Barrett Budget Raises Taxes to Hire Police Officers, Tackle Foreclosures
Milwaukee Mayor Tom Barrett introduced a budget Tuesday that would modestly raises taxes. The typical homeowner would pay about $18 more in 2014.
He said the slight increase in taxes would help the city hire more police officers and deal with a glut of foreclosed homes.
Barrett says the city has accumulated more than 1000 properties, because the owners didn’t pay their taxes. The number is 13 times higher than before the recession.
Barrett says too often, vacant houses end up attracting criminal activities.
So he wants to spend $12 million next year, demolishing 300 houses that are unsafe or beyond repair, and prepare another 350 for sale.
“When it comes to prevention, we will work to avoid future tax foreclosures whenever possible by securing properties at an earlier stage, working with owners, maintaining property registration records, and inspecting properties to reduce deterioration,” Barrett says.
There’s also a significant chunk of money in the mayor’s budget – $2.7 million – to hire 100 new police officers. The proposal follows a violent stretch in Milwaukee, with 145 shootings and 29 homicides in just July and August.
“We are going to keep a very strong police presence in the neighborhoods,” Barrett says.
Milwaukee Police Chief Ed Flynn says 50 of the new officers would hit the streets next summer, when crime typically increases.
The budget would also allow his department to hire civilians to do crime analysis, freeing up the officers who do that work now. Flynn says analyzing crime trends is an emerging specialty that aids police.
“It goes far beyond solving a mystery. We’re at a position right now where we can actually engage in forms of predictive policing. We know through link analysis capability, we can predict who’s likely to get shot,” Flynn says.
During his budget address Tuesday, Mayor Barrett outlined what he calls investments in city neighborhoods – money for street repairs and lighting. He also wants to replace two libraries – Forest Home and Mill Road, and renovate Tippecanoe.
“Our libraries anchor neighborhoods. A child learning to read, a teenager completing homework, an adult looking for work, a retiree satisfying curiosity – they all turn to our libraries,” Barrett says.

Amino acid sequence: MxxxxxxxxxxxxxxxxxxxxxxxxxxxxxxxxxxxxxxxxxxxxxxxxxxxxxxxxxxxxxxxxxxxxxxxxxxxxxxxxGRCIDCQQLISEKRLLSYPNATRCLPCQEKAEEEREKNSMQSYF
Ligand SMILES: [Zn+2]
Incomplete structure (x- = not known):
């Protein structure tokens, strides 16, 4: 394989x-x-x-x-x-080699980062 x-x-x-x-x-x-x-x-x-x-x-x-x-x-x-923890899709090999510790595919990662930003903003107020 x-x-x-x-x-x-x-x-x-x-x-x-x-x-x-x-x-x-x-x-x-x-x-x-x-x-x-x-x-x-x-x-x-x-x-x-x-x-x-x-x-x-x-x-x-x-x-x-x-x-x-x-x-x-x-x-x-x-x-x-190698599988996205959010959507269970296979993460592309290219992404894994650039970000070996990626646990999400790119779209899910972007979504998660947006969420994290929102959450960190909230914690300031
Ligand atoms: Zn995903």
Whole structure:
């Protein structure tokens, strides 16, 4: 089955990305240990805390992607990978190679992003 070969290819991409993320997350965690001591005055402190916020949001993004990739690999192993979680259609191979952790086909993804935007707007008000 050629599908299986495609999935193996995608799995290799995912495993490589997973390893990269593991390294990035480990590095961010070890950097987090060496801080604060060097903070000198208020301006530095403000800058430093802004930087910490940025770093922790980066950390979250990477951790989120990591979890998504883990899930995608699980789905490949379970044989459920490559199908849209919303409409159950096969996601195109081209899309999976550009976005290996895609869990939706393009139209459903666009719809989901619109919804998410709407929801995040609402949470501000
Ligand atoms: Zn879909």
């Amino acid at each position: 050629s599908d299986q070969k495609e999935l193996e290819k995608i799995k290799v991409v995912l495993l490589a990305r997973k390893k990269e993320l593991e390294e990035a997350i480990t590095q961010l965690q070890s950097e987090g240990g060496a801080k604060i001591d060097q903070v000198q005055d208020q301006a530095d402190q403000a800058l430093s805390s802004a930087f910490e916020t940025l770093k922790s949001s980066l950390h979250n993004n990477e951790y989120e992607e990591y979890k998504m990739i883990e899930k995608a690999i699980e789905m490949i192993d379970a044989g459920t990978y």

Barrett ticked through initiatives he says have moved the city forward, such as development in the Menomonee Valley and at the former Pabst complex.
But he says there have been sacrifices. For example, Milwaukee has required its workers to take furlough days and eliminated 400 vacant positions. The 2014 budget would cut a few dozen more and phase out one firefighting company through attrition.
Still, he says unlike cities awash in pension debt and laying-off police and firefighters, Milwaukee’s in a solid financial position because of cautious, long-term planning.
“In many respects, we have little margin for error,” Barrett says.
“All in all, I believe it is a solid budget,” says Willie Hines.
Milwaukee Common Council President Willie Hines and colleagues will now dig into the details of the spending plan, and decide what stays and what goes. Hines says he’s interested in helping people get jobs and limiting the burden on homeowners.
“We’ll have to look at some of the fees. We have to look at really the tax rate in general, he indicated it would increase by 1.6 (percent) and the council will see, can we sustain that or even reduce it? But all in all, we have our work cut out,” Hines says.
The Common Council and mayor will hold a public hearing on the budget on October 9, with final approval set for early November.